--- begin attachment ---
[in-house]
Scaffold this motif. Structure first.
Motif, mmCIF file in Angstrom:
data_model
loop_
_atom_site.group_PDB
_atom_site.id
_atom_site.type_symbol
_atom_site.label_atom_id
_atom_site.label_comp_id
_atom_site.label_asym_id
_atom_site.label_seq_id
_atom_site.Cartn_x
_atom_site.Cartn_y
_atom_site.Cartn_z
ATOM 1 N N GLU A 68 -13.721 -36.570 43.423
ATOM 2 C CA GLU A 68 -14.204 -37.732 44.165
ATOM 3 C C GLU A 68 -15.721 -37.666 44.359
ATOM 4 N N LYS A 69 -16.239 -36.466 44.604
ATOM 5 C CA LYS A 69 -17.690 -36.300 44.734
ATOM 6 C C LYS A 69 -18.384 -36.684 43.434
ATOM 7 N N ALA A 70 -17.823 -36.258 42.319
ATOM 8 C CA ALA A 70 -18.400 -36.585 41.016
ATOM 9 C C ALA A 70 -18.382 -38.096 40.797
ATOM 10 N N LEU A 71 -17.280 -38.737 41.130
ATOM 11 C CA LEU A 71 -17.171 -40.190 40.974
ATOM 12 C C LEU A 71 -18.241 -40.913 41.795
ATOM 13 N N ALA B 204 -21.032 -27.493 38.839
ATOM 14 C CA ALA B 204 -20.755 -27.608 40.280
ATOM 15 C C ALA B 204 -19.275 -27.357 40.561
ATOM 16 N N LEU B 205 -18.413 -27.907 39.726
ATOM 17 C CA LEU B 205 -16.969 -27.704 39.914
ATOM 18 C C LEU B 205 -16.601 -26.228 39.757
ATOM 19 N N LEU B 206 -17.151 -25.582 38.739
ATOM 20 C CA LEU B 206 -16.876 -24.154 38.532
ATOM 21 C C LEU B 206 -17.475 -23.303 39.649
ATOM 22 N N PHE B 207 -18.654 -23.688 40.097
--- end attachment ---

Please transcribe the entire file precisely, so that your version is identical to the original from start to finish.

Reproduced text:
[in-house]
Scaffold this motif. Structure first.
Motif, mmCIF file in Angstrom:
data_model
loop_
_atom_site.group_PDB
_atom_site.id
_atom_site.type_symbol
_atom_site.label_atom_id
_atom_site.label_comp_id
_atom_site.label_asym_id
_atom_site.label_seq_id
_atom_site.Cartn_x
_atom_site.Cartn_y
_atom_site.Cartn_z
ATOM 1 N N GLU A 68 -13.721 -36.570 43.423
ATOM 2 C CA GLU A 68 -14.204 -37.732 44.165
ATOM 3 C C GLU A 68 -15.721 -37.666 44.359
ATOM 4 N N LYS A 69 -16.239 -36.466 44.604
ATOM 5 C CA LYS A 69 -17.690 -36.300 44.734
ATOM 6 C C LYS A 69 -18.384 -36.684 43.434
ATOM 7 N N ALA A 70 -17.823 -36.258 42.319
ATOM 8 C CA ALA A 70 -18.400 -36.585 41.016
ATOM 9 C C ALA A 70 -18.382 -38.096 40.797
ATOM 10 N N LEU A 71 -17.280 -38.737 41.130
ATOM 11 C CA LEU A 71 -17.171 -40.190 40.974
ATOM 12 C C LEU A 71 -18.241 -40.913 41.795
ATOM 13 N N ALA B 204 -21.032 -27.493 38.839
ATOM 14 C CA ALA B 204 -20.755 -27.608 40.280
ATOM 15 C C ALA B 204 -19.275 -27.357 40.561
ATOM 16 N N LEU B 205 -18.413 -27.907 39.726
ATOM 17 C CA LEU B 205 -16.969 -27.704 39.914
ATOM 18 C C LEU B 205 -16.601 -26.228 39.757
ATOM 19 N N LEU B 206 -17.151 -25.582 38.739
ATOM 20 C CA LEU B 206 -16.876 -24.154 38.532
ATOM 21 C C LEU B 206 -17.475 -23.303 39.649
ATOM 22 N N PHE B 207 -18.654 -23.688 40.097